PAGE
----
The ExecuJet Aviation group manages more than 90 aircraft and represents Bombardier Business Aircraft in Germany and in 31 other countries.

ExecuJet is confident that its business will continue to grow in tandem with the new Berlin airport.

Scheduled airline passenger numbers should grow even more - and this should bring spin-offs for the business jet side. Crowded airline schedules underline the advantages of business jet travel. And scheduled airline passenger numbers are likely to be massive in 2006 and 2007.

Berlin Airports rounded off the 2005 business year with a new record in passenger numbers - 17.2 million.

"We are aiming for the 18 million mark in terms of passenger numbers this year. Berlin is one of the airports in Europe with the strongest growth dynamics. Thanks to the boom in low-cost airlines, Schoenefeld Airport, which is still making a loss, will make a profit by the end of 2007," Johannsen-Roth said.

Berlin Airports invested a total of O 111.5 million in 2005. The main focus of investments was O 69.5 million spent on beginning the expansion of Schoenefeld Airport to turn it into the capital's BBI Airport. Further investments totalling O 41.5 million were made at Schoenefeld and Tegel Airports to improve the infrastructure and customer services, including O 12 million on the new Terminal D at Schoenefeld. A further O 7.4 million was invested at Tegel on additional parking stands, apron facilities and reinforcement measures in Terminal A1.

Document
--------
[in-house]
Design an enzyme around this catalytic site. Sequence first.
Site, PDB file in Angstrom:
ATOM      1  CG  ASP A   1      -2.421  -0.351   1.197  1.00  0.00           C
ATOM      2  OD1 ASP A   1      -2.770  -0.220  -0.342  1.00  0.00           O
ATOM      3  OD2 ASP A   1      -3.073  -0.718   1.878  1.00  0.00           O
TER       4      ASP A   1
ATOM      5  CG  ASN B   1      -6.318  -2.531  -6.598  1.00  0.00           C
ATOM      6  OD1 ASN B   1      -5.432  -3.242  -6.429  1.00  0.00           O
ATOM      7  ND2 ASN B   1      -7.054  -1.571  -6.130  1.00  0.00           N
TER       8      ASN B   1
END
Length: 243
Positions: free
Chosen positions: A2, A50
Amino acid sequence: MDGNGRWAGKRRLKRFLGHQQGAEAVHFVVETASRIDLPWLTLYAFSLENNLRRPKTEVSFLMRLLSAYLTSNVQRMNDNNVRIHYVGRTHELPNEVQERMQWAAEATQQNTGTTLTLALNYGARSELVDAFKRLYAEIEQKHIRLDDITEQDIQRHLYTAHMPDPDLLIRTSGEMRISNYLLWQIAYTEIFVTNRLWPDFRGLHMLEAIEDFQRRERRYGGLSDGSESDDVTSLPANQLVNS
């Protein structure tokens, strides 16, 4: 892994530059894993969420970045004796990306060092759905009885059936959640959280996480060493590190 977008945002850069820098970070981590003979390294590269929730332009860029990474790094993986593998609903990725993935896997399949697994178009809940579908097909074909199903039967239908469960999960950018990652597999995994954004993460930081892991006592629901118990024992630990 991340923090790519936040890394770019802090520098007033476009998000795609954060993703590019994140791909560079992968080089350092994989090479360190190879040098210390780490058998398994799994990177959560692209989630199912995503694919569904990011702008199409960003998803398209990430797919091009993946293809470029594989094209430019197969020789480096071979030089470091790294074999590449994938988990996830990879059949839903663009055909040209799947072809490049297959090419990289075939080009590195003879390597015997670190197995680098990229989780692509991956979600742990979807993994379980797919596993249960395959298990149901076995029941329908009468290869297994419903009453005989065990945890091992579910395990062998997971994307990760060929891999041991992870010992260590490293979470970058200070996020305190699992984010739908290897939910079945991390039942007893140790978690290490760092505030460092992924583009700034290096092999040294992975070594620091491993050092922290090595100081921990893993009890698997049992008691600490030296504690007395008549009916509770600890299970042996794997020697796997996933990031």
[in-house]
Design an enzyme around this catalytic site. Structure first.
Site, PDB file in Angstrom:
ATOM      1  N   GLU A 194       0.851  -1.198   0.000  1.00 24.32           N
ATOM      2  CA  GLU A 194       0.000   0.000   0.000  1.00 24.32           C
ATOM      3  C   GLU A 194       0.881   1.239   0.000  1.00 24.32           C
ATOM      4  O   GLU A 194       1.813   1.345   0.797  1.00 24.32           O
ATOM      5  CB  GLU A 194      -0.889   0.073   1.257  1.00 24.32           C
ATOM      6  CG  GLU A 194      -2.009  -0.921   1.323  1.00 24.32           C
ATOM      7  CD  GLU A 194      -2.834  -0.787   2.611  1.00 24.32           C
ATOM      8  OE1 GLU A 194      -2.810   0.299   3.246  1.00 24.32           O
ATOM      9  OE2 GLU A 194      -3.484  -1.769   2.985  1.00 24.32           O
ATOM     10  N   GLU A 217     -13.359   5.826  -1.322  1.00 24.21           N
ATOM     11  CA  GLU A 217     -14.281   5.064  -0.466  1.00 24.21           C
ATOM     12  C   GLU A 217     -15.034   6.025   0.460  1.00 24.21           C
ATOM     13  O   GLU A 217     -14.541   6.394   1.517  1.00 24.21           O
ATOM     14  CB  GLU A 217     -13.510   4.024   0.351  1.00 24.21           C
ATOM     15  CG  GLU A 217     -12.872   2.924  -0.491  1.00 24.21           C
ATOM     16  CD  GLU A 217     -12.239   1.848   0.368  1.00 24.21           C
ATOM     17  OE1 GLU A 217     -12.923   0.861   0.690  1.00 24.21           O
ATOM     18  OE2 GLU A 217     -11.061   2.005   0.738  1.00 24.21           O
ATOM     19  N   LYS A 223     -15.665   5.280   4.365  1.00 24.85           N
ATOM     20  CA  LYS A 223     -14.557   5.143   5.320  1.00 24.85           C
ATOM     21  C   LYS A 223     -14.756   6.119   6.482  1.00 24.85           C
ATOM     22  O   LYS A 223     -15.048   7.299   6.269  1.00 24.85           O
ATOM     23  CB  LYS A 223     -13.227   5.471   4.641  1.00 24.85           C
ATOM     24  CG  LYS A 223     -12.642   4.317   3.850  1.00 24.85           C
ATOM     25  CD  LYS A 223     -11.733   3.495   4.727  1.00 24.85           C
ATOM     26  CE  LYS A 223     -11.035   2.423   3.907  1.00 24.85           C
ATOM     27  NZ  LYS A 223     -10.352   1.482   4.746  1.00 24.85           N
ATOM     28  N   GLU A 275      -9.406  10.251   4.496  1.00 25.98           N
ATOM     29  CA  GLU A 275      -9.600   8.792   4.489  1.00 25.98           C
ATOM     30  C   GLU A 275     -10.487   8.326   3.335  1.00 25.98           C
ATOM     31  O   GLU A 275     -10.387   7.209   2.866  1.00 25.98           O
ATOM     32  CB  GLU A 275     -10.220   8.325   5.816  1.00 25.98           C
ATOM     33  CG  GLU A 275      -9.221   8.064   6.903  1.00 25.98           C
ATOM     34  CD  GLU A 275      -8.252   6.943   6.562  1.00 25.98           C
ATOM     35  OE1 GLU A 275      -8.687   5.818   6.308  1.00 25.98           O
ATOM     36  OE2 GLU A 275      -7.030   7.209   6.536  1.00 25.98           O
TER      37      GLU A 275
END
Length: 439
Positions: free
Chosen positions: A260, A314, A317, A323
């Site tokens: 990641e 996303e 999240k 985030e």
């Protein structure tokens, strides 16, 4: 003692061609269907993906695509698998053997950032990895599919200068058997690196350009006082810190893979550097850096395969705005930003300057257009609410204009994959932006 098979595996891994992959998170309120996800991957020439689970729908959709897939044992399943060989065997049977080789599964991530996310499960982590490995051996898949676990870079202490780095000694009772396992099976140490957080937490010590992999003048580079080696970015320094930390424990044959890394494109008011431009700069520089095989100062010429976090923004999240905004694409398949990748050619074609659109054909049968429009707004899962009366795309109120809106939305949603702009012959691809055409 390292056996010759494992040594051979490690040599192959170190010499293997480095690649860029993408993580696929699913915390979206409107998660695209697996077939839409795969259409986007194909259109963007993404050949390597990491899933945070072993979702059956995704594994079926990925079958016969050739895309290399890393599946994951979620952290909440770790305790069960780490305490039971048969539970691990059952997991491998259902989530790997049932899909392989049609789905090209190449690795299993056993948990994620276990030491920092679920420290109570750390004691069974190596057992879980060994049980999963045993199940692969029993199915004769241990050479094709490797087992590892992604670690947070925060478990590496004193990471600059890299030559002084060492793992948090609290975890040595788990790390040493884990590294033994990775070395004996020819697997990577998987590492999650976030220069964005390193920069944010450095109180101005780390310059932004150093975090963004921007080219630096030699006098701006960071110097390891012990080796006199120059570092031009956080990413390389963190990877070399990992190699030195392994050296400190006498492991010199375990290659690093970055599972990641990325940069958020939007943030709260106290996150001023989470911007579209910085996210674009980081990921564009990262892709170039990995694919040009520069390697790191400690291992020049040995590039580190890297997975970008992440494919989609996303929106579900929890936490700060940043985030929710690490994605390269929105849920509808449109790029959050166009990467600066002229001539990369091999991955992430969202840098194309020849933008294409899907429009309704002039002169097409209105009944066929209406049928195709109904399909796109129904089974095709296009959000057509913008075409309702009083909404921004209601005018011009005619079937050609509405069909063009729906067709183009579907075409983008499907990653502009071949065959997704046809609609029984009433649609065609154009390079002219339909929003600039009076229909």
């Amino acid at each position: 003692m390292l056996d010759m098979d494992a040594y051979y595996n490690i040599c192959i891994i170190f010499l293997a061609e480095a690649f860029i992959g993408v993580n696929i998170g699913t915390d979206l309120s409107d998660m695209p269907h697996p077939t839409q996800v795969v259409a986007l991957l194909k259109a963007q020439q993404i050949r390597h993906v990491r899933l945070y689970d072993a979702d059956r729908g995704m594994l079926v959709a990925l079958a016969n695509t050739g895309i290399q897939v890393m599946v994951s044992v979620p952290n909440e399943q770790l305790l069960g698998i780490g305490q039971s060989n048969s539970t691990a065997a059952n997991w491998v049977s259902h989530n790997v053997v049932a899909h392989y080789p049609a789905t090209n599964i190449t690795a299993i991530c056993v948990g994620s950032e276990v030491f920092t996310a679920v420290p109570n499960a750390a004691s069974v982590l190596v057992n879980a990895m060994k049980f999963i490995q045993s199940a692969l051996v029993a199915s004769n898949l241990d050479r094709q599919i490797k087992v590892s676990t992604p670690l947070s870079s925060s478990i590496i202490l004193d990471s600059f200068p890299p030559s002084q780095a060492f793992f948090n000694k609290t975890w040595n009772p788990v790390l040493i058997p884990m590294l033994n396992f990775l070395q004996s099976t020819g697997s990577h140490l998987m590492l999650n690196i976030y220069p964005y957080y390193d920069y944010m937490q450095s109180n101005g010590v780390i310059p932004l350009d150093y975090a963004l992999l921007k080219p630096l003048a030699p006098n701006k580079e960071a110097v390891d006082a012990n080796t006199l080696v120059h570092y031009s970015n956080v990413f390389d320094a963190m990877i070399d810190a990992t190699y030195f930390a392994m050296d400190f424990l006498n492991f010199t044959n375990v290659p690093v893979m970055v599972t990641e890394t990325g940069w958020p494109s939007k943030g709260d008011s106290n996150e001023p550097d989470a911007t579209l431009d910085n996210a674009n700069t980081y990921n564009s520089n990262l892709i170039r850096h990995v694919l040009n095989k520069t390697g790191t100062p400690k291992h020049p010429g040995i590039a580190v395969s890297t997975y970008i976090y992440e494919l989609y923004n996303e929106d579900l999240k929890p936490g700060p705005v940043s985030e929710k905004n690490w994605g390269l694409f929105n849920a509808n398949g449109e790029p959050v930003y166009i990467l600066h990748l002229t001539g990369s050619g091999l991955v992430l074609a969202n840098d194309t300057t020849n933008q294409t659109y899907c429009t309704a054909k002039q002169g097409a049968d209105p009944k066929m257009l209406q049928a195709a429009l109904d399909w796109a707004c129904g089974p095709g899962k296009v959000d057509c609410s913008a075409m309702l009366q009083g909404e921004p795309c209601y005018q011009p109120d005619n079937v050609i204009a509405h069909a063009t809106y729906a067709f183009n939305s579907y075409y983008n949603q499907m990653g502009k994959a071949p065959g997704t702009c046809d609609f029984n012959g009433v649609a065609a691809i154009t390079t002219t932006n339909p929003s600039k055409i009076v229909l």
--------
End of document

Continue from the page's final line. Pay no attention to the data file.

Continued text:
FBOs hope the good times are here to stay. Companies are flying more hours.

Peter Isendahl, head of sales and marketing with LBAS in Berlin, was asked if business coming into its hangars would continue to increase over the next couple of years.

He said: "It looks good right now but I can't speculate. I hope it stays like this. No-one knows what the future brings but it looks good. We have developing markets in eastern Europe. There is also the Russian market which is growing strongly. Many of our customers operate into Moscow for example."

He added: "The political decision is clear. Templehof will be closed next year and Tegel will be closed as the new airport moves forward. We are looking forward to the highway going directly to our facilities. That will be a big advantage for our customers. If the traffic infrastructure improves like this, it's also good for me coming to work in the morning!"

If business continues to expand with the BBI, the cluster of FBO management and staff will have every reason to look forward to work for the next decade.

LBAS has announced a major expansion at LBAS. It has added a hangar dedicated to Learjet maintenance. The new addition raises the total useable maintenance area to about 6,000 square metres. The expansion is designed to help service the rapidly growing number of Bombardier Learjet Challenger and global customers.